There is undeniable stress on kids after a separation or divorce. Agreeing about parenting issues is hard enough when parents are together, it can become unbearable during separation or divorce. Many good parents subconsciously start using their kids to get back at each other. It is important to remember that however real your differences maybe with your ex-partner, this is not the kids’ battle. Don't drag them into it.
More and more parents are now choosing to put their personal feeling aside and enter into a co-parenting partnership to reduce the stress on their kids. Their sacrifice allows their children to be better adjusted and more successful in all aspects of their present and future lives.
Successful co-parenting is not easily achieved, but it is very possible. Both parents will have to put their egos aside and consistently choose to put the wellbeing of their kids before anything else. The following guidelines will help you approach co-parenting.
1. Give your kids a simple but honest explanation about the break-up.
- Keep their age in mind.
- Have the talk with both parents and all siblings present, to show a untied parenting front from the get go.
- Hearing the new together makes it more likely that the kids will become each other’s support systems by bonding on shared experiences.
2. Be available to listen to your kids.
- Accept their feelings, let them know it’s normal to feel sad, angry, guilty, etc.
- Let them that you won’t be mad no matter what they tell you.
- Most of the time kids are just looking for someone to vent to. If they confide in you, ask them if they need advice before you start giving advice. Just listen and validate.
3. Let them know that no matter what happens they’ll be okay.
- Reassure them early and often that the split is not their fault.
4. Tell your kids you love them.
- Kids of all ages may fear that because you stopped loving each other, that someday you might stop loving them as well.
5. Set up a regular visitation schedule.
- Minimize changes. Try to keep kids in the same school and activities as before.
- Kids feel more secure when they know when and for how long the visitation will occur.
- To not further break the trust in the child be dependable, if you say you are going to pick them up, then pick them up.
6. Define rules together and use them consistently.
- Agree on issues such as TV time, bedtime, curfew, how misbehavior is handled, etc.
- Kids need rules to feel safe.
- If you want to change a rule don't do it behind your ex-partner's back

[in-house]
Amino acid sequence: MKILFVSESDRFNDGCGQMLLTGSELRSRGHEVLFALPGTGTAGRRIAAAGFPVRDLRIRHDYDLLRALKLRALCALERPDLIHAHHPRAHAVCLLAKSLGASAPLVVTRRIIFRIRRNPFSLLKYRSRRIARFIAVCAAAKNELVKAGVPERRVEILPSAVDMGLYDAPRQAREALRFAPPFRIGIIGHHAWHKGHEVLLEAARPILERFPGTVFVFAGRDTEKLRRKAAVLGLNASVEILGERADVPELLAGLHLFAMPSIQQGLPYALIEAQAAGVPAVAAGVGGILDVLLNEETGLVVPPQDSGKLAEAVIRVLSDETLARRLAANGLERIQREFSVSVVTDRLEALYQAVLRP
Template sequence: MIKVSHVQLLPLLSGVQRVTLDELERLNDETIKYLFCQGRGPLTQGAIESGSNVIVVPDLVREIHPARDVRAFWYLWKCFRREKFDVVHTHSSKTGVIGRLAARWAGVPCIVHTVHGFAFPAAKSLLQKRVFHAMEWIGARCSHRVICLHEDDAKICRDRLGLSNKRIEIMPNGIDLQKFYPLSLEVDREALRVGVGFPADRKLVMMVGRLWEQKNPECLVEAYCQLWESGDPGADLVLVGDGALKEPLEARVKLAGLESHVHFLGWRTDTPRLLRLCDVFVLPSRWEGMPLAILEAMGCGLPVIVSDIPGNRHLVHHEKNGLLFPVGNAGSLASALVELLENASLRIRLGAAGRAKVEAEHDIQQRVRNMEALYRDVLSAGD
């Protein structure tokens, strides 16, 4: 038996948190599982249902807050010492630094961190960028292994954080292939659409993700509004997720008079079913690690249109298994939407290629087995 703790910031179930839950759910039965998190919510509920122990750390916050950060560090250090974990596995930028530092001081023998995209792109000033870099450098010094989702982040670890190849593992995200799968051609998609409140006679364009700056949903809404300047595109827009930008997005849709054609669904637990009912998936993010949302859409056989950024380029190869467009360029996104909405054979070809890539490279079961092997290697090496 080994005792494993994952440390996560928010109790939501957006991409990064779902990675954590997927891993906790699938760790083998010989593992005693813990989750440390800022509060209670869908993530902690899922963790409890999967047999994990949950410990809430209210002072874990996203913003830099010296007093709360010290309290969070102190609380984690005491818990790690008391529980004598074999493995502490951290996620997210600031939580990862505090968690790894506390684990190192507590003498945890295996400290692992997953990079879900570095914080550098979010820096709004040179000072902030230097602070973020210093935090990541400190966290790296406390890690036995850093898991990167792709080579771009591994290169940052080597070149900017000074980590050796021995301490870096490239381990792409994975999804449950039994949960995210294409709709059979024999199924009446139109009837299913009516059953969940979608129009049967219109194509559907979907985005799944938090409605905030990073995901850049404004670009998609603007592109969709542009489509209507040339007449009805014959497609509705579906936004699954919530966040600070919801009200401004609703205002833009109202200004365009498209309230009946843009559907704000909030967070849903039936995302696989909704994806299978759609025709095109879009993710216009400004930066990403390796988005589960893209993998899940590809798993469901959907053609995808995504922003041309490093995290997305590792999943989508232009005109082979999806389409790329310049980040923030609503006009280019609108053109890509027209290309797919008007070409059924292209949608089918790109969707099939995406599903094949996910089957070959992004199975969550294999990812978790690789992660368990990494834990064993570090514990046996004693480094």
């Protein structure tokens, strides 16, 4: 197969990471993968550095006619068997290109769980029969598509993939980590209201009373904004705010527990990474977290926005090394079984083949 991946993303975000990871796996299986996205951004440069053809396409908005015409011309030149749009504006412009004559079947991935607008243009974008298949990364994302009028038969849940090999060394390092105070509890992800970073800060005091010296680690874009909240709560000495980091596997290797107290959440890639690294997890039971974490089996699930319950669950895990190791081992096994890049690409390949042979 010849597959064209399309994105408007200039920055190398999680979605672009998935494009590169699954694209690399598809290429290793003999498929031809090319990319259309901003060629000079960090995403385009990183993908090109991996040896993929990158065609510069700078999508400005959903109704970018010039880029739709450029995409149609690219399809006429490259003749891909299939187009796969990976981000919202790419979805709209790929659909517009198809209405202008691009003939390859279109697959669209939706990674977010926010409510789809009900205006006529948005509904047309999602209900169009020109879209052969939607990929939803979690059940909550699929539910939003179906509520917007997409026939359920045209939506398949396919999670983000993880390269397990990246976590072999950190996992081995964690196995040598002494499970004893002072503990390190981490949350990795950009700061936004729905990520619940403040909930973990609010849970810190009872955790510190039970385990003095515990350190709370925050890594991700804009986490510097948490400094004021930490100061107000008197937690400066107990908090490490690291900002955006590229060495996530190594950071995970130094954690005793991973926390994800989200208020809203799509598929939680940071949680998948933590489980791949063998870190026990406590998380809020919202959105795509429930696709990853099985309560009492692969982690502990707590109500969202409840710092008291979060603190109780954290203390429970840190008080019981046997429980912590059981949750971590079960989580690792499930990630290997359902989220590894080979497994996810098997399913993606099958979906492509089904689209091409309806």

7. Spend special time with your child.
- Child needs you more now than ever.
- Don't shower with gifts or let them break rules to earn their love. They'll know what you are doing. Do the harder thing and actually get involved in their lives.
- Keep some old rituals, create some new ones for example a special handshake or greeting every time you part or meet again.
8. Don't introduce your children to potential partners.
- Wait until you are in a serious committed relationship.
- Such an exposure will make it difficult to establish committed relationships as adults.
9. Don’t argue or fight with you ex-partner when kids can hear you.
- Experts says that children who witness more conflict have a more difficult time adjusting.
- If you cannot keep conflict to a minimum, please get help!
10. Don’t criticize your ex-partner in front of your kids.
- Remember that your ex-partner is still your kids’s parent.
- When you criticize your ex-partner, you harm your kids.
11. Don’t use the kids as messengers or spies to deliver or receive information from the other parent.
12. Don’t use your kids to get revenge on the other parent by denying child support or visitation.
- Kids have a right to both of their parents.
13. Don’t make your kids take sides in any dispute with the other parent.
- Kids generally want to make both their parent happy. Don’t make them choose.
- Be supportive and neutral when you talk to your kids about your ex-partner.
14. Don’t punish or reprimand immature behavior.
- Kids of all ages who feel stressed may act babyish for a while when under extreme stress as a defense mechanism. They may start baby-talk, bed-wetting, or thumb-sucking.
- They need extra comfort and affection during this time.
15. Praise your child often.
- Parents in the midst of divorce are often distracted and miss opportunities to acknowledge their child’s positive behavior.
If you have any questions or concerns or would like me to create a co-parenting plan with you, please feel free to contact me for a free consult at (973) 755-2306.